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Tuesday, January 24, 2012

It's the End of the World As We Know It...And Why We Just Can't Get Enough

There’s a seemingly endless number of ways that life as we know it could end:  nuclear war, an alien invasion, the death of the sun, a zombie plague, the election of Mitt Romney in the general election.  What form will our apocalypse take?  Unfortunately, those pesky Mayans didn’t say, despite providing us with a very specific date for the big event.  Whatever shape our demise might eventually present itself in, you can bet there has been a book already written about it…a book young adult readers, in particular, love.
Dystopian fiction sells.  Some of the most memorable adult science fiction that I read way back when I was a teen could now be classified as dystopian.  Fahrenheit 451, by Ray Bradbury; The Time Machine, by H.G. Wells; The Giver, by Lois Lowry—all made way for the popular “What If?” stories that today’s teen reader and many adults, like myself, can’t get enough of.  Dystopia examines what happens when a world or way of life lauded by some as Utopia goes wrong.
But, what’s the appeal?  I think there are two answers.
First, I think it’s natural to be fascinated with “How would I survive?” stories.  How would I survive a catastrophic event?  What would my place be in a fractured society that remained or was reborn in some new version?  Would I stand a chance at survival at all?  We want to experience the fantastic through the journey and struggles of a character with the chance to decide in our own mind if we’d have done things differently or with better results.
  There is great value in these stories and the questions they raise.  Certainly those of us who’ve spent any amount of time thinking about whether we’ll remain in a place of safety with provisions and weapons stock-piled in advance or “bug-out” into the unknown in search of fellow survivors and safety in numbers during the zombie apocalypse have a greater chance of survival than those who’ve had their heads—along with the brains all the zombies are going to be so hungry for—in the sand.  (Prepare for the unthinkable to survive the inevitable is all I’m saying, people.)
Second, at a time when we feel we have no control over our own lives, dystopian fiction is appealing.  For teens navigating adolescence, trapped between childhood and adulthood with little or no control of their bodies much less their daily lives, dystopia provides a venue to lash out at power and authority—especially if it’s perceived as being corrupt.  Many dystopian works are about revolution, which seems entirely fitting for teens trying to find their own way in the world.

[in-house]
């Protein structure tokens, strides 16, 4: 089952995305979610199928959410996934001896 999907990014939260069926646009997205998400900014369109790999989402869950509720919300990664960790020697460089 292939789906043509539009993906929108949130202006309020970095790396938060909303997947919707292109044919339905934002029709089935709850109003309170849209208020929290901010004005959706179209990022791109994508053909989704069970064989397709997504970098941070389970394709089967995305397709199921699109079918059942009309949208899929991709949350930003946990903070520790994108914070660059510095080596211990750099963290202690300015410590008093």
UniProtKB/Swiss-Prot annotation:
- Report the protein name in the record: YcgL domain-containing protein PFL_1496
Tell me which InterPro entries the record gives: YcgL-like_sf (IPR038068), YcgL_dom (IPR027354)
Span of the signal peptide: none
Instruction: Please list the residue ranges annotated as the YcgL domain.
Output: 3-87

For adults who may feel mired in their day to day lives, bogged down with responsibilities and little prospects—thanks a ton, Current Economic Environment.  I hate your stinkin’ guts!—dystopia offers a look into a truly deeper bleakness and reminds us that there is hope for the “real” world…hope worth fighting for.  (Are you taking notes out there, Presidential Candidates?)
We can all become discontent or disillusioned with life at times.  Things may not always go exactly as we planned.  The next time you’re feeling this way, why not pick up one of the classics I listed at the beginning of the post or any of these newer titles:   Matched by Ally Condie, Ashfall by Mike Mullin, Epitaph Road by David Patneaude, The Hunger Games by Suzanne Collins, The Maze Runner by James Dashner, or Across the Universe by Beth Revis.  As for me, I’m currently reading Divergent by Veronica Roth as suggested by my friend Deborah Steward, who unapologetically loves YA as much as I do and just happens to have the BEST taste in books.
Happy Reading!

Thursday, January 19, 2012

Run Along, Maze Runner

A friend of mine recently finished Suzanne Collins’ The Hunger Games trilogy and posted a question on Facebook about what to read next.  After seeing the post I glanced down at the paperback copy of James Dashner’s The Maze Runner resting in my lap and considered whether or not I should suggest it and the rest of Dashner’s books in the Maze Runner series.